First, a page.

TORONTO – Benoit Cheyrou is under no illusions.
Toronto FC‘s veteran midfielder knows full well that he’s in the home stretch of his playing career, that his best days are behind him.
To that end, the 36-year-old has been planning for his future once he retires, and he recently acquired his UEFA A license following extensive classwork in his native France with other players who aspire to one day to get into coaching. The next step for Cheyrou is attaining his UEFA Pro license, the highest coaching certification available that would allow him to coach at any club in Europe’s top divisions.
From time to time this season he’s also helped out former Toronto player Terry Dunfield, head coach of the TFC under-14 academy team, and there’s even been talk amongst management that the Frenchman will remain with the organization in some capacity when he decides to retire.
So, Cheyrou has been planning ahead to a time when he won’t be patrolling the midfield, when he’ll eventually hang up his cleats for good. In the meantime, though, he remains steadfastly focused on the present and helping TFC get back to the MLS Cup final, to get the most out of the time he has remaining on the pitch.
“I only want to think about my playing career at the moment. I know that there is more behind me than in front of me, so I want to enjoy this because when you talk with former players, they all say the best part of the job was when they were on the field,” Cheyrou told Sportsnet in a one-on-one chat. “I want to enjoy these last days, weeks, months, or whatever in front of me before I step away.”
But when, exactly, will he step away?
“When? We’ll see. When the times comes, I’ll know it,” Cheyrou quipped.
Cheyrou has made just eight appearances for Toronto in MLS this season, mostly as a substitute. It’s hard for Cheyrou to get a place in the starting 11 when captain Michael Bradley is ahead of him. While playing time has been somewhat scarce, coach Greg Vanney has been impressed with the Frenchman’s commitment and focus.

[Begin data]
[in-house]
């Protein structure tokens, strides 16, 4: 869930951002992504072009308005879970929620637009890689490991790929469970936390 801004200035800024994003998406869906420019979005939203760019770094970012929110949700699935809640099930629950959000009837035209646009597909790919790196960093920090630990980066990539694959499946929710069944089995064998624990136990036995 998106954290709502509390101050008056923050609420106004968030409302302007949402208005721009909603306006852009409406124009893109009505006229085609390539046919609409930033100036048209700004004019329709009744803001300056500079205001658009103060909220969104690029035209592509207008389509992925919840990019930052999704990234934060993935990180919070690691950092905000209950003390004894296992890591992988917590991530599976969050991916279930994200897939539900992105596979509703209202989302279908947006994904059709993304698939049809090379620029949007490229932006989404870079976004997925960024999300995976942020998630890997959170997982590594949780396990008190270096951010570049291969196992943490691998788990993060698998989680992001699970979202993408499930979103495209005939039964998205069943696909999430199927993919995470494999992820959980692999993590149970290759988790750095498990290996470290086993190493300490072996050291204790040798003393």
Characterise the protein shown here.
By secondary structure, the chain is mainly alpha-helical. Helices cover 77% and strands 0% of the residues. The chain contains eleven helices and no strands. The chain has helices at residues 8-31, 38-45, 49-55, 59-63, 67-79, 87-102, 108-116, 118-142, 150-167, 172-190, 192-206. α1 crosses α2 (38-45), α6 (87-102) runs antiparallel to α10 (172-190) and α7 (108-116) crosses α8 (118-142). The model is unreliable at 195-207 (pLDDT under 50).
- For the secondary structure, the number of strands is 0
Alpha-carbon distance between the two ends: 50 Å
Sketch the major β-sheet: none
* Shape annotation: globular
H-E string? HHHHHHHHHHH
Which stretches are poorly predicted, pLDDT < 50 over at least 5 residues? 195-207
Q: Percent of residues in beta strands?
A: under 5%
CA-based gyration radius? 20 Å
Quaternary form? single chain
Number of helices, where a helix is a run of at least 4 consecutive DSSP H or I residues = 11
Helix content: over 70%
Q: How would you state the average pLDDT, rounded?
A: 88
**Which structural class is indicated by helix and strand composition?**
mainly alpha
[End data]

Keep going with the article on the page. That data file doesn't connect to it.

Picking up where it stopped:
“We’ve talked a little bit about the [UEFA] course. Ben is very good about trying to create a separation between who he is now, which is a player, and his future prospects. He’s never come to me with any sort of inclination that he’s thinking about what’s next for him. ‘I’m here, my No. 1 priority is playing, I’m here to win games, I’ll do whatever you need me to do.’ – All of his attention is on that,” Vanney stated.
Vanney feels the Frenchman is a smart and thoughtful player, and that he’ll be able to transfer those qualities once he’s on the touchline as a manager.
“What Ben will encounter is he’ll soon recognize that not everyone sees the game as wisely he does, and now the challenge for a coach becomes how do you teach that to other people. You have to become a teacher who can teach other people to see things that you see naturally,” Vanney offered.
“It’s a rewarding experience, but it’s definitely one that’s not easy. I think Ben has the skill set to make that transformation.”
It probably shouldn’t come as too much of surprise that Cheyrou eventually wants to get into coaching. After cutting his teeth at hometown outfit Racing Paris – the same club where his grandfather, father and older brother Bruno trained – he made his pro debut as a 19-year-old with Lille in the French second division. Stints at Auxerre and Olympique Marseille in Ligue 1 followed, before he joined TFC prior to the 2015 MLS season.
“I’ve been playing soccer all my life; it’s the thing I’m good at. This is the natural pathway for me, to think about when I stop my career and what you [want] to do next. For me, I want to train and have a chance to get my ideas on the pitch with my players and my team,” Cheyrou said.
Cheyrou has played for some marquee coaches during his career, including current France national team manager Didier Deschamps. Cheyrou counts his three years at Auxerre playing under the iconic Guy Roux, who amazingly coached the French club from 1961-2005, as one of the best learning experiences he’s had.
“He’s a legend in France. He built Auxerre with his own hands. He started from the bottom to go on to win the championship and to play in the Champions League. What I took from him is his managing style, the way he talked to different players the right away. Behind every player there is a man and you have to know the man first before you can manage the player,” Cheyrou said.
“Every coach is different, but I learned from everyone; sometimes different things. With some it was about managing, with some it was about communicating, some it was tactic. I tried to pick the best of what I saw from each one, and will combine that with my personality once I start managing.”